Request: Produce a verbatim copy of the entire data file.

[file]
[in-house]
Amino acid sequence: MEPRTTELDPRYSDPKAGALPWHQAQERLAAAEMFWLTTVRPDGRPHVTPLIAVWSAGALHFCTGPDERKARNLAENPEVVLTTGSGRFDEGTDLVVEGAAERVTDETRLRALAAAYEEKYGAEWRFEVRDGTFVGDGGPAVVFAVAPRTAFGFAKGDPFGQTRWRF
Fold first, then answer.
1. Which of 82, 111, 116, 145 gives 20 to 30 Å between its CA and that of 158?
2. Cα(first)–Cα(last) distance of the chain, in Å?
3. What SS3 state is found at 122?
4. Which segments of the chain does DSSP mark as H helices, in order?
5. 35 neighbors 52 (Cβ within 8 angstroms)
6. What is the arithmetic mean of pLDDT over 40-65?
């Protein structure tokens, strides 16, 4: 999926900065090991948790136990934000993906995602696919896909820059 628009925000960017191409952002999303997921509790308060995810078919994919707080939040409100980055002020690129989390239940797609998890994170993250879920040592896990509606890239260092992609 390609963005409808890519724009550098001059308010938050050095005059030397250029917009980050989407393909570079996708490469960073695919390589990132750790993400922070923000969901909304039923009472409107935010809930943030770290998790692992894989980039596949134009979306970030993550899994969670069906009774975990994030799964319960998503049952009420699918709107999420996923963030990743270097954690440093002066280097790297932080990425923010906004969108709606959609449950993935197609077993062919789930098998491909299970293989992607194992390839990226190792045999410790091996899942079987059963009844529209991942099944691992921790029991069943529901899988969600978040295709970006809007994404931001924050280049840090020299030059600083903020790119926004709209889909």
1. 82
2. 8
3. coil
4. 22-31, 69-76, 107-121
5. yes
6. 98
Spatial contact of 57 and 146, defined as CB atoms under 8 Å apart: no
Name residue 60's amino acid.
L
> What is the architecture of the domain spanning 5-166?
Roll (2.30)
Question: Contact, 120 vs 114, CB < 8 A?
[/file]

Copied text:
[in-house]
Amino acid sequence: MEPRTTELDPRYSDPKAGALPWHQAQERLAAAEMFWLTTVRPDGRPHVTPLIAVWSAGALHFCTGPDERKARNLAENPEVVLTTGSGRFDEGTDLVVEGAAERVTDETRLRALAAAYEEKYGAEWRFEVRDGTFVGDGGPAVVFAVAPRTAFGFAKGDPFGQTRWRF
Fold first, then answer.
1. Which of 82, 111, 116, 145 gives 20 to 30 Å between its CA and that of 158?
2. Cα(first)–Cα(last) distance of the chain, in Å?
3. What SS3 state is found at 122?
4. Which segments of the chain does DSSP mark as H helices, in order?
5. 35 neighbors 52 (Cβ within 8 angstroms)
6. What is the arithmetic mean of pLDDT over 40-65?
């Protein structure tokens, strides 16, 4: 999926900065090991948790136990934000993906995602696919896909820059 628009925000960017191409952002999303997921509790308060995810078919994919707080939040409100980055002020690129989390239940797609998890994170993250879920040592896990509606890239260092992609 390609963005409808890519724009550098001059308010938050050095005059030397250029917009980050989407393909570079996708490469960073695919390589990132750790993400922070923000969901909304039923009472409107935010809930943030770290998790692992894989980039596949134009979306970030993550899994969670069906009774975990994030799964319960998503049952009420699918709107999420996923963030990743270097954690440093002066280097790297932080990425923010906004969108709606959609449950993935197609077993062919789930098998491909299970293989992607194992390839990226190792045999410790091996899942079987059963009844529209991942099944691992921790029991069943529901899988969600978040295709970006809007994404931001924050280049840090020299030059600083903020790119926004709209889909």
1. 82
2. 8
3. coil
4. 22-31, 69-76, 107-121
5. yes
6. 98
Spatial contact of 57 and 146, defined as CB atoms under 8 Å apart: no
Name residue 60's amino acid.
L
> What is the architecture of the domain spanning 5-166?
Roll (2.30)
Question: Contact, 120 vs 114, CB < 8 A?